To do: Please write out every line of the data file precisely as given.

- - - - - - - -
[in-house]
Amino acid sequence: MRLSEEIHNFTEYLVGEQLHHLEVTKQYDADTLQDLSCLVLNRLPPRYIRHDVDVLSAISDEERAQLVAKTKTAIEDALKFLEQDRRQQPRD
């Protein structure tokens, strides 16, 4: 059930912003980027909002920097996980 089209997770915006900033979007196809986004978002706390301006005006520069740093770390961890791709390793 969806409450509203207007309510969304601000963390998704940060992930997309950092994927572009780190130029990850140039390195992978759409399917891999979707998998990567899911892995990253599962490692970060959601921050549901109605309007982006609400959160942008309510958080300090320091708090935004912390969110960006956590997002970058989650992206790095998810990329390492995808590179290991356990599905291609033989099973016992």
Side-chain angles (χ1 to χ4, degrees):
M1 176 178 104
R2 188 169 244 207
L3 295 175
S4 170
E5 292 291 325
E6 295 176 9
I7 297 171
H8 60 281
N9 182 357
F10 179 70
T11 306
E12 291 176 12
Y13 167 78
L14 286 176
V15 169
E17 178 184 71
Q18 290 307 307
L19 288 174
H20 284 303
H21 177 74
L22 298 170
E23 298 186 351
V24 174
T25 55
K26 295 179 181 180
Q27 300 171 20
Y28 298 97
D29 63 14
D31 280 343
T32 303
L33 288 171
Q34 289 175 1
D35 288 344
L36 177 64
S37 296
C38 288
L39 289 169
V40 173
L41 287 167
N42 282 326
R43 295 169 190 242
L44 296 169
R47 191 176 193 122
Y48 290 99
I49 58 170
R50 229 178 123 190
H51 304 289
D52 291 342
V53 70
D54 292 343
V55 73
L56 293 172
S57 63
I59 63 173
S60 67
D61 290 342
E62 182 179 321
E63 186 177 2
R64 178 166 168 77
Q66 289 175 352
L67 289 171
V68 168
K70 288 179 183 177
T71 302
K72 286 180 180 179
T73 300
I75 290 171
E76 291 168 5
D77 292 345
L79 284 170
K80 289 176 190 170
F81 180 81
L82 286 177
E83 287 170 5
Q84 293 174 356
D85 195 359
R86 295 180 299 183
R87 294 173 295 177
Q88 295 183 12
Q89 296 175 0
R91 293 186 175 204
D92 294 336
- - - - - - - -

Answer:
[in-house]
Amino acid sequence: MRLSEEIHNFTEYLVGEQLHHLEVTKQYDADTLQDLSCLVLNRLPPRYIRHDVDVLSAISDEERAQLVAKTKTAIEDALKFLEQDRRQQPRD
């Protein structure tokens, strides 16, 4: 059930912003980027909002920097996980 089209997770915006900033979007196809986004978002706390301006005006520069740093770390961890791709390793 969806409450509203207007309510969304601000963390998704940060992930997309950092994927572009780190130029990850140039390195992978759409399917891999979707998998990567899911892995990253599962490692970060959601921050549901109605309007982006609400959160942008309510958080300090320091708090935004912390969110960006956590997002970058989650992206790095998810990329390492995808590179290991356990599905291609033989099973016992």
Side-chain angles (χ1 to χ4, degrees):
M1 176 178 104
R2 188 169 244 207
L3 295 175
S4 170
E5 292 291 325
E6 295 176 9
I7 297 171
H8 60 281
N9 182 357
F10 179 70
T11 306
E12 291 176 12
Y13 167 78
L14 286 176
V15 169
E17 178 184 71
Q18 290 307 307
L19 288 174
H20 284 303
H21 177 74
L22 298 170
E23 298 186 351
V24 174
T25 55
K26 295 179 181 180
Q27 300 171 20
Y28 298 97
D29 63 14
D31 280 343
T32 303
L33 288 171
Q34 289 175 1
D35 288 344
L36 177 64
S37 296
C38 288
L39 289 169
V40 173
L41 287 167
N42 282 326
R43 295 169 190 242
L44 296 169
R47 191 176 193 122
Y48 290 99
I49 58 170
R50 229 178 123 190
H51 304 289
D52 291 342
V53 70
D54 292 343
V55 73
L56 293 172
S57 63
I59 63 173
S60 67
D61 290 342
E62 182 179 321
E63 186 177 2
R64 178 166 168 77
Q66 289 175 352
L67 289 171
V68 168
K70 288 179 183 177
T71 302
K72 286 180 180 179
T73 300
I75 290 171
E76 291 168 5
D77 292 345
L79 284 170
K80 289 176 190 170
F81 180 81
L82 286 177
E83 287 170 5
Q84 293 174 356
D85 195 359
R86 295 180 299 183
R87 294 173 295 177
Q88 295 183 12
Q89 296 175 0
R91 293 186 175 204
D92 294 336